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Author Topic: 12v71 & lugging  (Read 983 times)
Rick 74 MC-8
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« on: December 30, 2012, 07:59:40 AM »

My question if lugging is defined as stepping on the throttle and not increasing rpm.  Could the 12v71 with that much torque at low rpm be geared  down to a cruising speed RPM much like 4 strokes without hurting itself?   I'm not thinking of changing to one just curious


                                              Rick 74 MC-8.  8V 71na
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Utahclaimjumper
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« Reply #1 on: December 30, 2012, 08:47:06 AM »

All engines reguardless of torque or size have there horsepower & torque numbers rated at an optimum RPM,, operating much out of that RPM range will change those numbers respectivly.>>>Dan
« Last Edit: December 30, 2012, 08:54:03 AM by Utahclaimjumper » Logged

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TomC
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« Reply #2 on: December 30, 2012, 09:07:16 AM »

Non turbo Detroit 2 stroke engines (NA) have definite operating rpms by how the engine is tuned and what size injector is used. For instance-crank up the 8V-71 (or 12V-71) with fast gear ratio on the blower using N70 injectors, and your rpm range will be between 1800-2300. Go down to the more normal 65 injectors and the torque will be produced at 1600rpm. The rule of thumb is you can safely go 100rpm lower then the torque rpm. Use 60 or 55 injectors (like what most buses came with) and you have torque produced at 1200rpm-to accommodate only a 4spd transmission.

On my 8V-71 turbo and air to air intercooled, I have 7G75 injectors and I had Don Fairchild time them for optimum fuel economy at 1800rpm. Hence pulling a hill, at 1800 I have no smoke. Get up towards 2000 or down to 1600, it will start to smoke. A very narrow rpm band.
Compare that to the new DD Detroit engines that have their horsepower rated at 1800 with 2050 being governor, and 1100 being torque with easily taking to 950 if you want. Many of the trucks now, I put electronic governors for 1650 max full throttle and stopping at 1750. The new engines like to be run slow-the slower the better (around 1100).
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Tom & Donna Christman. '77 AMGeneral 10240B; 8V-71TATAIC V730.
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« Reply #3 on: December 30, 2012, 08:00:44 PM »

My opinion from Ricks question, I keep the rpm above 1700 when driving, but the lower rpm torque is impressive such as taking an exit loop and driving in direct, just throttle down to about 600 rpm in turn, upon exit just push down on throttle, it will pickup very nice, I do not recommend this as SOP, just a comment when I had other issues going at the time.  Was always amazed how easy it was. One other funny, in 2nd gear, idling around, when motioned to speed it up in a parking lot while forming up for a convoy, I spun the drive wheels, was a total surprise.  That is when I got the flash back to the early 70's and trucks breaking U Joints, drive shafts, ring & pinions while exiting a parkinglot, just big torque off idle.
FWIW
Dave M
« Last Edit: December 30, 2012, 08:03:17 PM by wg4t50 » Logged

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« Reply #4 on: December 30, 2012, 09:29:43 PM »

The beasts are designed and intended to be running free at higher RPM.  Also, the low end torque, (low and just off idle) of the mighty 12V is strong enough to possibly, (probably) distruct clutches, U-joints, drive shafts, trannys and rear ends.  I once busted a companion flange right into pieces just backing up with a 12V71 mill.  I wasn't my fault...honest!  HB of CJ (old coot) Smiley Smiley Smiley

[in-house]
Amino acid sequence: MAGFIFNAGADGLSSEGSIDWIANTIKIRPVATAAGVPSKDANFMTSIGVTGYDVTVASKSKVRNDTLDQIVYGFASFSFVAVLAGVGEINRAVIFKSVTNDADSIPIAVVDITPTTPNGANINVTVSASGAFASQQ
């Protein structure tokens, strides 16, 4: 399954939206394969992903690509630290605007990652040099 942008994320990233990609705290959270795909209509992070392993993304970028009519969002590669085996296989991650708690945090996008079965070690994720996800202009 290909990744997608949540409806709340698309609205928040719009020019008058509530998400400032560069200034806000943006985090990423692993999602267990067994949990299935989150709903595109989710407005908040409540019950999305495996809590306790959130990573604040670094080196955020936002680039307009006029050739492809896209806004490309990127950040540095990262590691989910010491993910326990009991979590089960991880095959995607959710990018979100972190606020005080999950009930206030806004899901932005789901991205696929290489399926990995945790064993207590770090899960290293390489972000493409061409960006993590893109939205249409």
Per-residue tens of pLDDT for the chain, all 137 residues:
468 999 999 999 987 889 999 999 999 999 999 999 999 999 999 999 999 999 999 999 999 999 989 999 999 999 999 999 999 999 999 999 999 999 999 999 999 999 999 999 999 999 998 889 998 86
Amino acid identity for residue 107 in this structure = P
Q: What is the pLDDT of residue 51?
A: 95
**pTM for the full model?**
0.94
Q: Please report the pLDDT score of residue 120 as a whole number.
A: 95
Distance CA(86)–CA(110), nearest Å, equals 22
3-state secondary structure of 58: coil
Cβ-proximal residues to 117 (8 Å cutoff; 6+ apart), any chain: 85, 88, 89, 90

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TomC
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« Reply #5 on: December 30, 2012, 09:47:56 PM »

The low end torque off idle of the 12V-71 and the drivers burning up clutches is the main reason the MC6 was changed to the 8V-71 and Allison. Good Luck, TomC
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Tom & Donna Christman. '77 AMGeneral 10240B; 8V-71TATAIC V730.
Rick 74 MC-8
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« Reply #6 on: December 30, 2012, 10:13:48 PM »

Thanks sounds like a fun engine



                                Rick 74 MC-8
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« Reply #7 on: December 31, 2012, 03:30:11 AM »

Have had alot of fun passing empty trucks on mountains, some would ask on the CB, what are you running for engine? I tell em a wore out 318, I just know that caused a few bent steering wheels.
Yes, it was a very costly education but the fun factor was way worth every penny, with the advantage of the newer Silver engines with the new castings and imporoved seals and gaskets, the engine way dry and stayed dry.
The best sand boy toy a kid ever had.
Now have the ISM500, 5 speed 4000 Allison, no class and little fun, like the family car, just get in and go.
Damn, I miss that old junk.
Dave M
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Don Fairchild
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« Reply #8 on: December 31, 2012, 10:42:56 AM »

Rick,
   the short answer is yes it can be done with a turbo engine. In Tom's case he needs about three more pounds of boost and his would stay clean and pull better at a lower rpm but that is harder to do with the wastegated turbos, they did not make as many hot housing as they did for the early turbos. you dont want to pull a two stroke down very hard below 1200 rpm they dont have the oil flow and pressure the four strokes do. You can modifi the oil pump. BUT

hope that helps.

Don
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